We stopped a streak in the market on Monday. Since mid-May, Nasdaq had not had two consecutive up days, but with Friday and Monday being green for Nasdaq, that streak came to an end.
Here's another streak that has been going in the market since mid-April: The second trading day of the week, which is usually a Tuesday but not always, has not been green. Will this week snap that streak?
Then there is net volume for Nasdaq. That's up minus down volume. For the past 10 days, it has been positive every single day. Despite the fact that Nasdaq itself hasn't had consecutive up days, net volume has had plenty. This is the longest streak since November, when it went 11 straight days.
Of course in the either/or market that means the transports have been red for five straight days, their longest such streak since January. In the end, it leaves the market in this giant sideways grind that we've been in for a few months now. Up/down/up/down. Group rotation.
Breadth on the New York Stock Exchange was positive 400 on Monday, which for an S&P that was down is good. It keeps the Summation Index rising. However, positive 400 for a Russell 2000 that was up 1.5% is not so great, but rather lagging. You can spin it anyway you want to.
Mostly we're in a market that is short-term overbought with sentiment bordering on giddy, but not quite there yet.
Just look how the banks have stalled. We see them churning up here for five weeks now.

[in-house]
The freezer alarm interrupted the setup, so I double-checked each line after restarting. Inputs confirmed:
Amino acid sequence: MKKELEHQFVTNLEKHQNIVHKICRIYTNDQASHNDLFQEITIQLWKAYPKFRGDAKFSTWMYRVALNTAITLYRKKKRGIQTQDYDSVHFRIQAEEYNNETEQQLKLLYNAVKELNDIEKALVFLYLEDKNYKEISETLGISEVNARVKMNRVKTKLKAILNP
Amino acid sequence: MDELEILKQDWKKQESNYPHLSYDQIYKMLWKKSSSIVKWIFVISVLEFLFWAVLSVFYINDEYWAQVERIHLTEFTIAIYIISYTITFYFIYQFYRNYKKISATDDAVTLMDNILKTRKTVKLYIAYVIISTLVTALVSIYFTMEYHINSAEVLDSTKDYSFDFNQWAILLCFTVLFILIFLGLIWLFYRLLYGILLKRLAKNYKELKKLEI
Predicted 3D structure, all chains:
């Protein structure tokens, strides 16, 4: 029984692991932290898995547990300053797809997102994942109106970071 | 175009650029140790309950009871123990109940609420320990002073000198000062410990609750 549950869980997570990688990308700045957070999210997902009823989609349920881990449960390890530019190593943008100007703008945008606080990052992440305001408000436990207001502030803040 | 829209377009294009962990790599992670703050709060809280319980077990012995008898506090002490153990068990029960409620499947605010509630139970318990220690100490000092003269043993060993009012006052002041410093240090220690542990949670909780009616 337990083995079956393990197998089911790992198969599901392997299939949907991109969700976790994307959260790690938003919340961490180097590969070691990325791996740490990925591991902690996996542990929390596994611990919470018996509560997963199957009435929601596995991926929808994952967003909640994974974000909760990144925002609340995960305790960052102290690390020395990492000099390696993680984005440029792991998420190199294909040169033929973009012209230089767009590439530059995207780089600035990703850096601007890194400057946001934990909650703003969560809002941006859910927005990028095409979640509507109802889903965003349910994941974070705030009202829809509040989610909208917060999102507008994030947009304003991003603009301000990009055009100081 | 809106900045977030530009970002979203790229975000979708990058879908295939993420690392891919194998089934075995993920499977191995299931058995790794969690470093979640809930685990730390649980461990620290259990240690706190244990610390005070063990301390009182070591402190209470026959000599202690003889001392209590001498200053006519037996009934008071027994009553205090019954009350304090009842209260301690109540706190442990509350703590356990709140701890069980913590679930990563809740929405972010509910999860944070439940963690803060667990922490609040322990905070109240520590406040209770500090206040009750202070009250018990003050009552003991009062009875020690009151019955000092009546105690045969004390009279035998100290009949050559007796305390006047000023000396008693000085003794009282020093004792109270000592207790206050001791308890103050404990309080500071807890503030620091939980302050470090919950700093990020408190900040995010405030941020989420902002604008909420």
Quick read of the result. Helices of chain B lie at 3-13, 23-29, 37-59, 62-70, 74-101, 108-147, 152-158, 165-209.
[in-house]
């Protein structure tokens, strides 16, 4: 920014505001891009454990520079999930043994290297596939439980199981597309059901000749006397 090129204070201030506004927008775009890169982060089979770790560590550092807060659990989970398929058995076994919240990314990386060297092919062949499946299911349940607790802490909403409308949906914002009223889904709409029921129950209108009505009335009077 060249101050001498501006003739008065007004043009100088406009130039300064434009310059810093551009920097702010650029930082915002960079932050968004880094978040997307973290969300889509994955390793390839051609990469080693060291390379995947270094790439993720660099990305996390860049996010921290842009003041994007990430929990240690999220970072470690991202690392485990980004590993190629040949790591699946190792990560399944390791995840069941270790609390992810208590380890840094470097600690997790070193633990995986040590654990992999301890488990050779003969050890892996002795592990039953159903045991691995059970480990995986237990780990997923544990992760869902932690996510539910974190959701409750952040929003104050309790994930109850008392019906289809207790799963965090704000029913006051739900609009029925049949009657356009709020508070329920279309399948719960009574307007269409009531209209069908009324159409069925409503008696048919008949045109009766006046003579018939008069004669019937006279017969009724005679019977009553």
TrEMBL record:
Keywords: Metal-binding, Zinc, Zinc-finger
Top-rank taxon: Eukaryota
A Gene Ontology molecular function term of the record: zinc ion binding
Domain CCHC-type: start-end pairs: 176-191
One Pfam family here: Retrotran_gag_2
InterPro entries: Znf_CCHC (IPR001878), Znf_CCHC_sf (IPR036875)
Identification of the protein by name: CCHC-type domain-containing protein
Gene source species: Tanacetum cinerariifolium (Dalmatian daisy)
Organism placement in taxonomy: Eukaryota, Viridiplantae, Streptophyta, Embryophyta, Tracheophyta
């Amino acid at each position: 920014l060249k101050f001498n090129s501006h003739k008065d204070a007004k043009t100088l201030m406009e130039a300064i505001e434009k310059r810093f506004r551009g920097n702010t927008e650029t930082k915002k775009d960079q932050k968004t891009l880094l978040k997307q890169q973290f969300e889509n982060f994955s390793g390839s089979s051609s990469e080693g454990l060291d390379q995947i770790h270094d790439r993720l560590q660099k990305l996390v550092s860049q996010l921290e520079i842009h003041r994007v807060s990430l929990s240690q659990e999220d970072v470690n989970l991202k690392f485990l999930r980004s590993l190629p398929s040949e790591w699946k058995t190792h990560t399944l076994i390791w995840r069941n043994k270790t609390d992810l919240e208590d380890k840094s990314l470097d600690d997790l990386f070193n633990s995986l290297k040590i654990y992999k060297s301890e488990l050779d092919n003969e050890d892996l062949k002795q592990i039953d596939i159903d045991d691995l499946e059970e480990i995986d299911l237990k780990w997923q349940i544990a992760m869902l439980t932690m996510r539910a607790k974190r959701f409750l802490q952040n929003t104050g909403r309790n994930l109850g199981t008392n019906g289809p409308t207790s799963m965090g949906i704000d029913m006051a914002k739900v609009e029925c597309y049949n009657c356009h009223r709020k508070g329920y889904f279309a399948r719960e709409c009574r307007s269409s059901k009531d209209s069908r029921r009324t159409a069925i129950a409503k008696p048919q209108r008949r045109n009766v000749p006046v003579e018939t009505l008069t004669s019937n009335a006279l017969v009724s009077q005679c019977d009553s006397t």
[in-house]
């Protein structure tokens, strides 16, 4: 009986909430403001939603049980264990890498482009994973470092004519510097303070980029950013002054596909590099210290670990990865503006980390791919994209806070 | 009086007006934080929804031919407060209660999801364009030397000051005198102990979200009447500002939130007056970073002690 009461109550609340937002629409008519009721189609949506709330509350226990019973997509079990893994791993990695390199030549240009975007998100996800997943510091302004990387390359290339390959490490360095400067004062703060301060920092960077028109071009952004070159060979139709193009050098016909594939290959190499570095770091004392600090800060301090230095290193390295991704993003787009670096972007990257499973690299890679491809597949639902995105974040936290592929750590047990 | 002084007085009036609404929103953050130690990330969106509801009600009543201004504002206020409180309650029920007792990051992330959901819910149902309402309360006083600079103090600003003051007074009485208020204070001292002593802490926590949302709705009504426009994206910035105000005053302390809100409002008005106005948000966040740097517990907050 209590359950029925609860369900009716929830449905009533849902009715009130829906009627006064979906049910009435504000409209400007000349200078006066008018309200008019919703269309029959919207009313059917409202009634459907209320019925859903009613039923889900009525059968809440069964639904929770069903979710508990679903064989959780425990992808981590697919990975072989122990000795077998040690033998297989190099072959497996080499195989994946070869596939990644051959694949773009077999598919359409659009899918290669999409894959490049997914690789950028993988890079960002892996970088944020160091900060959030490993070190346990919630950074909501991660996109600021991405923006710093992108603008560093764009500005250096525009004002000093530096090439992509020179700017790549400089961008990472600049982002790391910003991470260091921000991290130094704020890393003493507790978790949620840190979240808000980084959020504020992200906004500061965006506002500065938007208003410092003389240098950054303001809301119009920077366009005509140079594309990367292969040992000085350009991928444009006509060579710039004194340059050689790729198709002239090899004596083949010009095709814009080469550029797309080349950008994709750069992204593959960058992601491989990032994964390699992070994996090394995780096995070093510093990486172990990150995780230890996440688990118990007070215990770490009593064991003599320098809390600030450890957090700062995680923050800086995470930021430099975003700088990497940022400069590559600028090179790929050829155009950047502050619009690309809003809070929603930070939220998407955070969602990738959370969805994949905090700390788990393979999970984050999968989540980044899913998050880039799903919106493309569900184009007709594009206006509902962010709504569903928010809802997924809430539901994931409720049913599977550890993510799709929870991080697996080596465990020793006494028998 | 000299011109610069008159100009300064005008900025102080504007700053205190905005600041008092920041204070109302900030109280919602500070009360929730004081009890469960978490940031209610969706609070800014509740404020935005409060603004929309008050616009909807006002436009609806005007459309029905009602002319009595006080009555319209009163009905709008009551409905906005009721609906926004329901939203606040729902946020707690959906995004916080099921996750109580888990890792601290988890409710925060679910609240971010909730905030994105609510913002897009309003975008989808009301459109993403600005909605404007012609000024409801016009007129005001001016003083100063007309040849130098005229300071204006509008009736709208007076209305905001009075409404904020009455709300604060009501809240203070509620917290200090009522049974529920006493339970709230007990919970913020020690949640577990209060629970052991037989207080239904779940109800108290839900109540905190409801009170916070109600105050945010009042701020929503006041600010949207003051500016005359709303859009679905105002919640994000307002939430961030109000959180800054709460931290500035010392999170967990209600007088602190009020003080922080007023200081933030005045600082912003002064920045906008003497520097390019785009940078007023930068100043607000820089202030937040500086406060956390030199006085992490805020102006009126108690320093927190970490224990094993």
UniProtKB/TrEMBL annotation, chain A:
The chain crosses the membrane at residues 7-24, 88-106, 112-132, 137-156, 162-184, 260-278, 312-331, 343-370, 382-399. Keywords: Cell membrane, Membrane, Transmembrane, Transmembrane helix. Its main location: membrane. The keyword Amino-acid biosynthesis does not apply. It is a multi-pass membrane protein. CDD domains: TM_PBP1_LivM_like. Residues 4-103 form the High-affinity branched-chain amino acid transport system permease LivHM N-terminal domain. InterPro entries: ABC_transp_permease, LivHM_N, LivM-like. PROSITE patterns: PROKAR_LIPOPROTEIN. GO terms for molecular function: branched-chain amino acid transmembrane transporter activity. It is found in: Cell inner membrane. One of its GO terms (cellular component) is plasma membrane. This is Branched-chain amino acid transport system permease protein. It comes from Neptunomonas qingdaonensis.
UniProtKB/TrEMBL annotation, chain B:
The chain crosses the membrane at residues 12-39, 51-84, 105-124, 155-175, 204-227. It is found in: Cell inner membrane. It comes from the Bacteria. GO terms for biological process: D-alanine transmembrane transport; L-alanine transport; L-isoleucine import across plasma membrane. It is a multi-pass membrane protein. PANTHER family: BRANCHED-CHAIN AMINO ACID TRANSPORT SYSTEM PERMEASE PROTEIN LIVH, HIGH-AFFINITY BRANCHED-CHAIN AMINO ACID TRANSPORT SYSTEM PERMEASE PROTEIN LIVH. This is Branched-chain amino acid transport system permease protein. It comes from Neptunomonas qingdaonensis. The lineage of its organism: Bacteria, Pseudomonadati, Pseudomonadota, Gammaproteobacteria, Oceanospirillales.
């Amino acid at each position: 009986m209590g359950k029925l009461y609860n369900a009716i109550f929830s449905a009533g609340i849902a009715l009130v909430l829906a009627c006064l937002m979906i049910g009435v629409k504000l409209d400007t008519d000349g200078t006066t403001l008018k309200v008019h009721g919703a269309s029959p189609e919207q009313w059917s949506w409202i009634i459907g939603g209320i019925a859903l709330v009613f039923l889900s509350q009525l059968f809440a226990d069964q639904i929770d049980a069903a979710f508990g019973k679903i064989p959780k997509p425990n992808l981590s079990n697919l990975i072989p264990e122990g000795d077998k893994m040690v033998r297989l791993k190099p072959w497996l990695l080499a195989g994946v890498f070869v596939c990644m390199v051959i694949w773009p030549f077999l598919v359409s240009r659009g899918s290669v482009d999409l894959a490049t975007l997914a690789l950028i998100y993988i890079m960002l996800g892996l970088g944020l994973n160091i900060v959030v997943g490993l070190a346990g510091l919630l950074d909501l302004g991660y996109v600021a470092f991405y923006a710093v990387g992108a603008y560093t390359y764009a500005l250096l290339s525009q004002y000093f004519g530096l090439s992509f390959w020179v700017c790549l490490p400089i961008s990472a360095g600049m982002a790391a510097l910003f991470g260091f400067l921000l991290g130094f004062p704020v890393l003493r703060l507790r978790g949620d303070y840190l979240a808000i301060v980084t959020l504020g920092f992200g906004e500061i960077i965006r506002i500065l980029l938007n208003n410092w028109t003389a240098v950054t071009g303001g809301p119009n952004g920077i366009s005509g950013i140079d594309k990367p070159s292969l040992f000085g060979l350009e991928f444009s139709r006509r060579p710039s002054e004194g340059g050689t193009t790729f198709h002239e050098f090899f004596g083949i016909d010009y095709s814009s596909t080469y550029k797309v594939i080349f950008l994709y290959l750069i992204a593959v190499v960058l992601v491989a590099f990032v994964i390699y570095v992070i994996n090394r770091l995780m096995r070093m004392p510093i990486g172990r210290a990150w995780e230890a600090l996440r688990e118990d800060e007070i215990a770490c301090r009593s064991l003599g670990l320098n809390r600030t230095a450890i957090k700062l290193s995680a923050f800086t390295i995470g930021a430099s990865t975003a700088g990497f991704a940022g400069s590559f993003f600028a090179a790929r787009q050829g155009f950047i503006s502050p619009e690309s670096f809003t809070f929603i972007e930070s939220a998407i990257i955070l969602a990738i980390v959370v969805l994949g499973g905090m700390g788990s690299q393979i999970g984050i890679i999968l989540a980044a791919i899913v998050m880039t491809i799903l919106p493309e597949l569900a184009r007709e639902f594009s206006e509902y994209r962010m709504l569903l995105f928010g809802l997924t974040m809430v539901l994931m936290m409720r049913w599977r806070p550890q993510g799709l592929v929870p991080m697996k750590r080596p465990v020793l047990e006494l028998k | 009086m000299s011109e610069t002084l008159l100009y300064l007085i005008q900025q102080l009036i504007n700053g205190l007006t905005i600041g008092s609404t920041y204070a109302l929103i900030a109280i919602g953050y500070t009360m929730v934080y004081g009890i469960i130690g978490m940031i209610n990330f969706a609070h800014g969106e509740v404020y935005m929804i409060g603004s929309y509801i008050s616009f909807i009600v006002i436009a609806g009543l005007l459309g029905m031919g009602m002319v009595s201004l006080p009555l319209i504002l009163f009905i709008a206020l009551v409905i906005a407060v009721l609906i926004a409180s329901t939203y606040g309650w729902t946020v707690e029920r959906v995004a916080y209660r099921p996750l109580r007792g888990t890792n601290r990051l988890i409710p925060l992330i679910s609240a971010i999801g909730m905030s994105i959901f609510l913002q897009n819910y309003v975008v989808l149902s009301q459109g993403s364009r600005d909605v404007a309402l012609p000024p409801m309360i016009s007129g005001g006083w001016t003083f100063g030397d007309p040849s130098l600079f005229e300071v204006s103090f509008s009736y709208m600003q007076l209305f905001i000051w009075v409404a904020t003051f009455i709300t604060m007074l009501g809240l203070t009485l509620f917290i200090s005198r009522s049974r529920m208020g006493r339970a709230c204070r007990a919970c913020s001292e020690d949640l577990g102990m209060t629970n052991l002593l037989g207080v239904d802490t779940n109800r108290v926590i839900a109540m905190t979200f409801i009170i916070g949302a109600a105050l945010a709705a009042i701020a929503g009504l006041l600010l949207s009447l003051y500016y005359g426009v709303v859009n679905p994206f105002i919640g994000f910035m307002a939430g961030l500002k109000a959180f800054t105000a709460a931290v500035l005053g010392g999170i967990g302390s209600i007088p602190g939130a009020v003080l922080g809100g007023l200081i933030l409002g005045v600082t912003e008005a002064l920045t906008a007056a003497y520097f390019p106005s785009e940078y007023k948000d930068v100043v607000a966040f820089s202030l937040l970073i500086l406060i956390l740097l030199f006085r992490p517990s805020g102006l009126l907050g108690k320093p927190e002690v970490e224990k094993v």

Or the industrials that everyone loves so much. They too have stalled for the last five weeks.
Energy Select Sector SPDR Fund (XLE) managed to break out and then went nowhere. If it trades back under $55, it will be like the child who runs away from home and goes to the neighbor's house instead of actually running away somewhere. They didn't really mean to break out, but just pretended to.
There is one group that has had a proper correction and is finally starting to show signs of improving, and that is the utilities. I had thought the Utes could come down to 880, but they seem to have missed and only made it to 890. They appear to be curling under.
So that's the sideways market we're in. Two steps forward, one step back. These stocks run, while those stocks don't. And the entire time sentiment gets more bullish not less. The put/call ratio, which had climbed up to .84 Friday quickly came back down to .69 on Monday. I still think the 10-day moving average of this metric should bottom out later this week. We'll see if any of the other sentiment indicators get extreme when they are released this week.